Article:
Dealing With Toddler Tantrums

how to help your child when they have a tantrum

Toddler Tantrums

If you’re a parent you have likely experienced “toddler tantrums” and if you’re not yet a parent you most definitely have heard about toddler tantrums.

Most parents brace themselves for the toddler years where their child displays angry outbursts, aggression, upset and frustration. Behaviours which appear unreasonable.

That child crying and screaming because they wanted a blue cup and you gave them a red cup, or the child who melts down because you cut their toast the wrong way – we’ve all been there.

Many parents can despair when they are experiencing toddler tantrums and question whether these tantrums are normal, which they are!

Toddlers get a lot of stick and parent’s can often mock or tease their child when they are having a toddler tantrum which can only add to their frustration. When a toddler is having a tantrum they are generally trying to communicate that they are upset and frustrated and they need a parent to help coach them through these big feelings.

Understanding toddler tantrums

Believe it or not, toddlers aren’t deliberately out to get you. They don’t deliberately push your buttons and they certainly aren’t malicious, despite how it feels.

Toddlers are simply going through a time of rapid brain development and they express their feelings and emotions as they arise.

There’s actually so much we can learn from toddlers. They feel a feeling and they let them out – something which is actually really healthy. Many adults today can find themselves stuffing down and suppressing their emotions which can really be detrimental to their mental health in the long run.

So what is going on for a toddler who is having a tantrum? Well there’s a few things to ask yourself and I like to think of the following acronym.

 

HALT

Is your child?

Hungry

Angry

Lonely

Tired

Instead of judging and labelling a toddler who is having a tantrum, I encourage parents to become like little detectives to figure out what their child could be feeling an experiencing. 

In an ideal world a child would be able to say, “Mummy/daddy – I’m really tired I’ve had a long day at day care and the lights are too bright in the supermarket. I would rather go home and relax and have something to eat then be going around the supermarket doing the weekly food shop with you.”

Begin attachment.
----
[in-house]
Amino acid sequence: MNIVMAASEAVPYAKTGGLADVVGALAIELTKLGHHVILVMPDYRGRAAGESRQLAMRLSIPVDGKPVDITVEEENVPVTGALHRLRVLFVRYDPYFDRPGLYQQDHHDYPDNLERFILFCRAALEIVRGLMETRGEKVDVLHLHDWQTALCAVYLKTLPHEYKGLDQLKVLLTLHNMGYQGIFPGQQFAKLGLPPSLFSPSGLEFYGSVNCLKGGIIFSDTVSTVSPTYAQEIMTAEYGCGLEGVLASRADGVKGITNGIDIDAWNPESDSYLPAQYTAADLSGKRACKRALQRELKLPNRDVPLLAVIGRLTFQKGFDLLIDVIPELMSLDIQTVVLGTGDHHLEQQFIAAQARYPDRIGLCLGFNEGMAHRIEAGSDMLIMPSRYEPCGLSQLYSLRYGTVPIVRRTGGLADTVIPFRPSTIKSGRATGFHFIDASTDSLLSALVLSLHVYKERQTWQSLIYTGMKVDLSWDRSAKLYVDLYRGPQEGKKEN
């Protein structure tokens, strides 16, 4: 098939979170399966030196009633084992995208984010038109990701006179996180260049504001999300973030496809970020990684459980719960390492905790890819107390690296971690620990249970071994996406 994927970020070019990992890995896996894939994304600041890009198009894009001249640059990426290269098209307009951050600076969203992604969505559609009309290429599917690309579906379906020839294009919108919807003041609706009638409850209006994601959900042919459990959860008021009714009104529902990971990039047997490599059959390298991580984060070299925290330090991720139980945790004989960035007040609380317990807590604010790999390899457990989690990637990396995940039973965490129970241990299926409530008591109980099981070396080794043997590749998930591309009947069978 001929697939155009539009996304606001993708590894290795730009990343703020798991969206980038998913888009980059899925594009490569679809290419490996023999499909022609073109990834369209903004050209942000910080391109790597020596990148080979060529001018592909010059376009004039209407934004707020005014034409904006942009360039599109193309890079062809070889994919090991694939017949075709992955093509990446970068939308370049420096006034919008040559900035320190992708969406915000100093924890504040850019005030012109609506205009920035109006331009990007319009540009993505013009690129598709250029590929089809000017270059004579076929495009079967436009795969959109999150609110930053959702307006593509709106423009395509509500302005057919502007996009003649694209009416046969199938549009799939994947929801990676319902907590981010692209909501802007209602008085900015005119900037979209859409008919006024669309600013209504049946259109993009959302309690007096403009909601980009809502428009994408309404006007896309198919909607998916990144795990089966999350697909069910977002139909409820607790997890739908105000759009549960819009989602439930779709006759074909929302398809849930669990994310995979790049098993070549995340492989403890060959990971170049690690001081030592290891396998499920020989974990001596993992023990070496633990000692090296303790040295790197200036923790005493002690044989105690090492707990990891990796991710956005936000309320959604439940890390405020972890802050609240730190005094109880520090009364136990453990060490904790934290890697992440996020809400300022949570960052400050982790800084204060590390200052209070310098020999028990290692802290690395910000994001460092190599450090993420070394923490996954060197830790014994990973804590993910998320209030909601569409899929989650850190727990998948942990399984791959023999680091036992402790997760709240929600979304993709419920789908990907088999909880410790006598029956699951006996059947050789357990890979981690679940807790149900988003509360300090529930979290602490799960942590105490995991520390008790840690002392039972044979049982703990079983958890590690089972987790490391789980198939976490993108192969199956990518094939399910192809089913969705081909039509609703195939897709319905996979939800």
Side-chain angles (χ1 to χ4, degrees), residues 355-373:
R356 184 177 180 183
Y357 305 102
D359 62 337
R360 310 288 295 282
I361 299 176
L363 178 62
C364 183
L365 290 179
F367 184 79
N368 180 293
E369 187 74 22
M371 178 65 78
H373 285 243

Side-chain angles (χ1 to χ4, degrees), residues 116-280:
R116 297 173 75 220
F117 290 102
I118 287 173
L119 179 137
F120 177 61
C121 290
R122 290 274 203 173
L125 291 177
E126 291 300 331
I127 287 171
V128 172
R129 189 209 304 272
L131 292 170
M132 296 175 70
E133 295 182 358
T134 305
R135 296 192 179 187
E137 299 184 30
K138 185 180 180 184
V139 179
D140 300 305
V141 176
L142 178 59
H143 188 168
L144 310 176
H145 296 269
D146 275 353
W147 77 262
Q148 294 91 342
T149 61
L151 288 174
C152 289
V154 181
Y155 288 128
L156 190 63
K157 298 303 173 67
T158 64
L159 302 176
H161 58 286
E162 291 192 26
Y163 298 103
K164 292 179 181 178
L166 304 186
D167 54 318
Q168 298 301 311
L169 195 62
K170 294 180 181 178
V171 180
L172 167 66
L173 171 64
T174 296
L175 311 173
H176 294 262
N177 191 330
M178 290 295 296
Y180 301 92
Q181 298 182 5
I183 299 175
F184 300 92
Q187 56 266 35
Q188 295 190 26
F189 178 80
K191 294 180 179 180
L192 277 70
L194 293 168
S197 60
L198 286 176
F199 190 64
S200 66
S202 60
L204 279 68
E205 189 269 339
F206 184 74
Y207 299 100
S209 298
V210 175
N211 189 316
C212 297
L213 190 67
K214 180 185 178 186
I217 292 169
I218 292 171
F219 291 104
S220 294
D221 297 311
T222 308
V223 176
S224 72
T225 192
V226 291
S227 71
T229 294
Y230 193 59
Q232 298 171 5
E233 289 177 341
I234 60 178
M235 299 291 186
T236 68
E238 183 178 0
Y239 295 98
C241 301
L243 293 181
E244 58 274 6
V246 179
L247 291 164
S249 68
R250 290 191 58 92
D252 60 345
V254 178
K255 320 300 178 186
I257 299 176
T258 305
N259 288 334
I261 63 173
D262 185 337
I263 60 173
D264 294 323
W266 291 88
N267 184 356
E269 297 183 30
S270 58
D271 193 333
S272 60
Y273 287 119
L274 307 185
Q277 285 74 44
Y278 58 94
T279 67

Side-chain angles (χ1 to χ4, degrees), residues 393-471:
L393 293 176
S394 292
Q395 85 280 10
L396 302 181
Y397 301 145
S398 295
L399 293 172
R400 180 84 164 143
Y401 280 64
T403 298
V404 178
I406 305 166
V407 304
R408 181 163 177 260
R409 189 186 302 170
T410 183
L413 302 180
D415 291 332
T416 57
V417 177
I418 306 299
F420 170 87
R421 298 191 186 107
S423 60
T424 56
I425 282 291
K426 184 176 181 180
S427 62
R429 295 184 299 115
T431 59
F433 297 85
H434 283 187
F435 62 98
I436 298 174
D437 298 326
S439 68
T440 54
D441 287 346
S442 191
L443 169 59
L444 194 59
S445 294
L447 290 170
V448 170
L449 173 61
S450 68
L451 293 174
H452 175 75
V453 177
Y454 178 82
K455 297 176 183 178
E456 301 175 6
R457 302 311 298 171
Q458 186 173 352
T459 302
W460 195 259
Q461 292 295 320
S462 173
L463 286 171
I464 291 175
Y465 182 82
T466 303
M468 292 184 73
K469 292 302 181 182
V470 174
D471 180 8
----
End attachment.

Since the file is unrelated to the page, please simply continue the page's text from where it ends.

and because they can’t articulate and communicate in such a way (and sometimes we as adults don’t even express our words this way), instead we experience a toddler having a tantrum, kicking and screaming and dragging their feet around the shops.

Many tantrums can actually be avoided, if not reduced by understanding what is going on for the toddler and striving to meet their needs.

When your child is upset and emotionally dysregulated they look to us as parents to be their safe harbour that can be anchored, calm and help them work through their emotions. Here are a few things to consider.

  1. Holding space for their feelings

Holding space for their feelings means allowing them to release all of their emotions. Think about yourself after you have had a good cry, it feels good to let it out doesn’t it. We need to allow space for children to have a good release and discharge their feelings. It’s better they let them out then suppressing and stuffing them inside which can have long term damaging consequences. 

2. Step in their shoes, take inventory of the day they have had.

Has your child had a long day? Could they be tired? Have they connected with you today? What time did they wake/sleep? Have they ate? Have they done lots of activities, been over stimulated? Where are they at in their brain development? Have they had opportunities during the day to express their feelings.

These are all questions to be reflecting upon when a child is having a tantrum.

3. Understand there are big feelings going on behind the behaviour we see.

Become like a detective and instead of being a judge and judging the behaviour ask “What is going on for my child right now? What could they be feeling?” and respond to them from that place opposed to reacting.

 

4. Help them make sense of their feelings

Children need grown ups to help make sense of their feelings. Our job as parents is to be our child’s emotions coach. You can do this by labelling the emotion you see.

“I can see that you are really frustrated. You wanted to play your computer game and I’ve told you that you can’t as it’s bed time. I know this is tough for you.”

Letting them know what you see whilst also validating their feelings helps them work through the feelings.

5. Have empathy for them.

Big feelings can be very overwhelming for children and their developing brain. We are the adults and can self regulate, certain children (dependant on age) can’t self regulate so it’s down to us to coregulate with them. We do this from a place of empathy and understanding.

 

“Fiona encouraged me and gave me confidence to implement the tools and strategies that a book could never give. She would listen to the situations that had occurred and gave me practical tips and advice about how to deal with them. She would then recap and ask how things went the following week and if anything had changed. I do a lot of what she recommended with my children and the relationship with my children has flourished.”